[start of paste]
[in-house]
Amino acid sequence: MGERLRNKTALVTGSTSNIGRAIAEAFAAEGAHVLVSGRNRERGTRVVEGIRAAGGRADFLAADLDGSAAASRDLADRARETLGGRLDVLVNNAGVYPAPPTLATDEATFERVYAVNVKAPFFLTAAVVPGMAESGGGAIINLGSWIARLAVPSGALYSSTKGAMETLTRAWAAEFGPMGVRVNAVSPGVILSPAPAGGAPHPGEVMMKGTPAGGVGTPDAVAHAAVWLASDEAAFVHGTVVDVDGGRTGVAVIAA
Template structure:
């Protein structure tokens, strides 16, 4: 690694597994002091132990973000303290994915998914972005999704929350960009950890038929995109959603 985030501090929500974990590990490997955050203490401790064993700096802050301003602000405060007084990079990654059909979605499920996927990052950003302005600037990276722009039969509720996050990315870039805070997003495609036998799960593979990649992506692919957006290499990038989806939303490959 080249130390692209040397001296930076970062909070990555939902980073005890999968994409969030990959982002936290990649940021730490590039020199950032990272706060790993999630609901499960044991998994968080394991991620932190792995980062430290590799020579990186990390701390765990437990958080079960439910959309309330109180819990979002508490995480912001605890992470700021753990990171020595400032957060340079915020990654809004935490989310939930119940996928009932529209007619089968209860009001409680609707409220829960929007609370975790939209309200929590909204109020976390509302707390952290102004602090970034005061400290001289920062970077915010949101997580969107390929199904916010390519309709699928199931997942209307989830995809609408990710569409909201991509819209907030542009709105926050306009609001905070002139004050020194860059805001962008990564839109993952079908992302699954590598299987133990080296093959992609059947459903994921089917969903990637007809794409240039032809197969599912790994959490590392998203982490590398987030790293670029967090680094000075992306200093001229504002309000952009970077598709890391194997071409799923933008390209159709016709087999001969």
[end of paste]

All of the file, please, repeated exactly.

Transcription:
[in-house]
Amino acid sequence: MGERLRNKTALVTGSTSNIGRAIAEAFAAEGAHVLVSGRNRERGTRVVEGIRAAGGRADFLAADLDGSAAASRDLADRARETLGGRLDVLVNNAGVYPAPPTLATDEATFERVYAVNVKAPFFLTAAVVPGMAESGGGAIINLGSWIARLAVPSGALYSSTKGAMETLTRAWAAEFGPMGVRVNAVSPGVILSPAPAGGAPHPGEVMMKGTPAGGVGTPDAVAHAAVWLASDEAAFVHGTVVDVDGGRTGVAVIAA
Template structure:
């Protein structure tokens, strides 16, 4: 690694597994002091132990973000303290994915998914972005999704929350960009950890038929995109959603 985030501090929500974990590990490997955050203490401790064993700096802050301003602000405060007084990079990654059909979605499920996927990052950003302005600037990276722009039969509720996050990315870039805070997003495609036998799960593979990649992506692919957006290499990038989806939303490959 080249130390692209040397001296930076970062909070990555939902980073005890999968994409969030990959982002936290990649940021730490590039020199950032990272706060790993999630609901499960044991998994968080394991991620932190792995980062430290590799020579990186990390701390765990437990958080079960439910959309309330109180819990979002508490995480912001605890992470700021753990990171020595400032957060340079915020990654809004935490989310939930119940996928009932529209007619089968209860009001409680609707409220829960929007609370975790939209309200929590909204109020976390509302707390952290102004602090970034005061400290001289920062970077915010949101997580969107390929199904916010390519309709699928199931997942209307989830995809609408990710569409909201991509819209907030542009709105926050306009609001905070002139004050020194860059805001962008990564839109993952079908992302699954590598299987133990080296093959992609059947459903994921089917969903990637007809794409240039032809197969599912790994959490590392998203982490590398987030790293670029967090680094000075992306200093001229504002309000952009970077598709890391194997071409799923933008390209159709016709087999001969």